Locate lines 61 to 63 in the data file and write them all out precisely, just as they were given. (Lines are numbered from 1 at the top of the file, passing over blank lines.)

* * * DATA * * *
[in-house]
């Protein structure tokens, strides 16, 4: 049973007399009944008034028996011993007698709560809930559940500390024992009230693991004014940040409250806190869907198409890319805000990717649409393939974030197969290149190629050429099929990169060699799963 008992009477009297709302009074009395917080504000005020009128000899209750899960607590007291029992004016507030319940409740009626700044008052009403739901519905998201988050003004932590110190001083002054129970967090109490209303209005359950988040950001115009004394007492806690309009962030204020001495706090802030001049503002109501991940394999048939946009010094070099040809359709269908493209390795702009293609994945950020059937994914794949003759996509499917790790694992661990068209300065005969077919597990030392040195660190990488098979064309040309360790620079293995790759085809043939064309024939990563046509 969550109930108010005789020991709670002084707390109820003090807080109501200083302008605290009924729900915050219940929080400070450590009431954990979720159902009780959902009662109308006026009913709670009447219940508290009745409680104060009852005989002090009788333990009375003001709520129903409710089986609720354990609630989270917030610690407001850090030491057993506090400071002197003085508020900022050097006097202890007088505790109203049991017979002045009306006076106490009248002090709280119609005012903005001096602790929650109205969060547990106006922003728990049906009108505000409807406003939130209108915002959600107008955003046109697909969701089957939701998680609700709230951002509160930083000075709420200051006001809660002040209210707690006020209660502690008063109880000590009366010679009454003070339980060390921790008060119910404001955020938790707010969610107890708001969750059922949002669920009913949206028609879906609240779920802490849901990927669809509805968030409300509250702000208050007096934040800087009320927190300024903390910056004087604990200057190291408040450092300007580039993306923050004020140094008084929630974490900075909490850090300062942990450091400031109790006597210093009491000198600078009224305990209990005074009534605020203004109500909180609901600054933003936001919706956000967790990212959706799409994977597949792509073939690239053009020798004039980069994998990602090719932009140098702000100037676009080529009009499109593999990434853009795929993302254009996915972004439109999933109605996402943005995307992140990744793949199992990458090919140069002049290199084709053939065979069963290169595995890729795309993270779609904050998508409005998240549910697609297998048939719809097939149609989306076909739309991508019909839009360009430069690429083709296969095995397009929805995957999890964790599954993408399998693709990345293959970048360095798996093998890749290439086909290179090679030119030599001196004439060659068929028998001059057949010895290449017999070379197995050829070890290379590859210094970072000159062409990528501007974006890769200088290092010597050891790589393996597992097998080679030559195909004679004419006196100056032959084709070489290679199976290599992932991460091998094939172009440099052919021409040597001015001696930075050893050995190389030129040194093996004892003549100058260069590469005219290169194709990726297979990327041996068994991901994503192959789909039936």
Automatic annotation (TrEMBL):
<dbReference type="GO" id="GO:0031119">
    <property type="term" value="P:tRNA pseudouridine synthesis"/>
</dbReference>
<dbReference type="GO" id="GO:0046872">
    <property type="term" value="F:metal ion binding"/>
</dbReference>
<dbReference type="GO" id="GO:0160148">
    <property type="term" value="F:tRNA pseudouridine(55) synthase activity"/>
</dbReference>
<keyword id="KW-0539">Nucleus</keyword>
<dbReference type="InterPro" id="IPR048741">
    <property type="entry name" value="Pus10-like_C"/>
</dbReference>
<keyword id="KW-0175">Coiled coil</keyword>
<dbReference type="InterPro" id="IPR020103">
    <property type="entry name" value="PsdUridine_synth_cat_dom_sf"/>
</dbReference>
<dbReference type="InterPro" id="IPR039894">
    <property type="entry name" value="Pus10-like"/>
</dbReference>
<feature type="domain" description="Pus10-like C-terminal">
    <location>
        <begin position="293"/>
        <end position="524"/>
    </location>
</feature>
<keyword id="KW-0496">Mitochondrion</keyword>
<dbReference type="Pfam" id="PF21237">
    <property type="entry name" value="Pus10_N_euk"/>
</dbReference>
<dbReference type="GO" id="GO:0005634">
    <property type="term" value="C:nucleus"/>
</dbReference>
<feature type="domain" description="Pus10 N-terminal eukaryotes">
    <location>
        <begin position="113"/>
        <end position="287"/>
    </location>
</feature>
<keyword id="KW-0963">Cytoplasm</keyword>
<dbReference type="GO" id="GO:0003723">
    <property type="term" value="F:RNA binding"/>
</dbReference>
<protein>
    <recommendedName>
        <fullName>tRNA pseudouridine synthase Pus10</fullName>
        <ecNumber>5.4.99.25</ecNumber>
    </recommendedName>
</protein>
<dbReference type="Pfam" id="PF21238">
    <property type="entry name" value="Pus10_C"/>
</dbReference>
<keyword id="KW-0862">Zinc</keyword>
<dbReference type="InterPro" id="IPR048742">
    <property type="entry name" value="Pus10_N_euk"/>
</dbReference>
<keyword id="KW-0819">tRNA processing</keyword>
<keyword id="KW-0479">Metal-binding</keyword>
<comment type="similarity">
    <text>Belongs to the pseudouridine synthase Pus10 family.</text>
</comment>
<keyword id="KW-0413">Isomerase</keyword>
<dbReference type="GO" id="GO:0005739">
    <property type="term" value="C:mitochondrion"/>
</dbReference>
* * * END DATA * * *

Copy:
<keyword id="KW-0479">Metal-binding</keyword>
<comment type="similarity">
    <text>Belongs to the pseudouridine synthase Pus10 family.</text>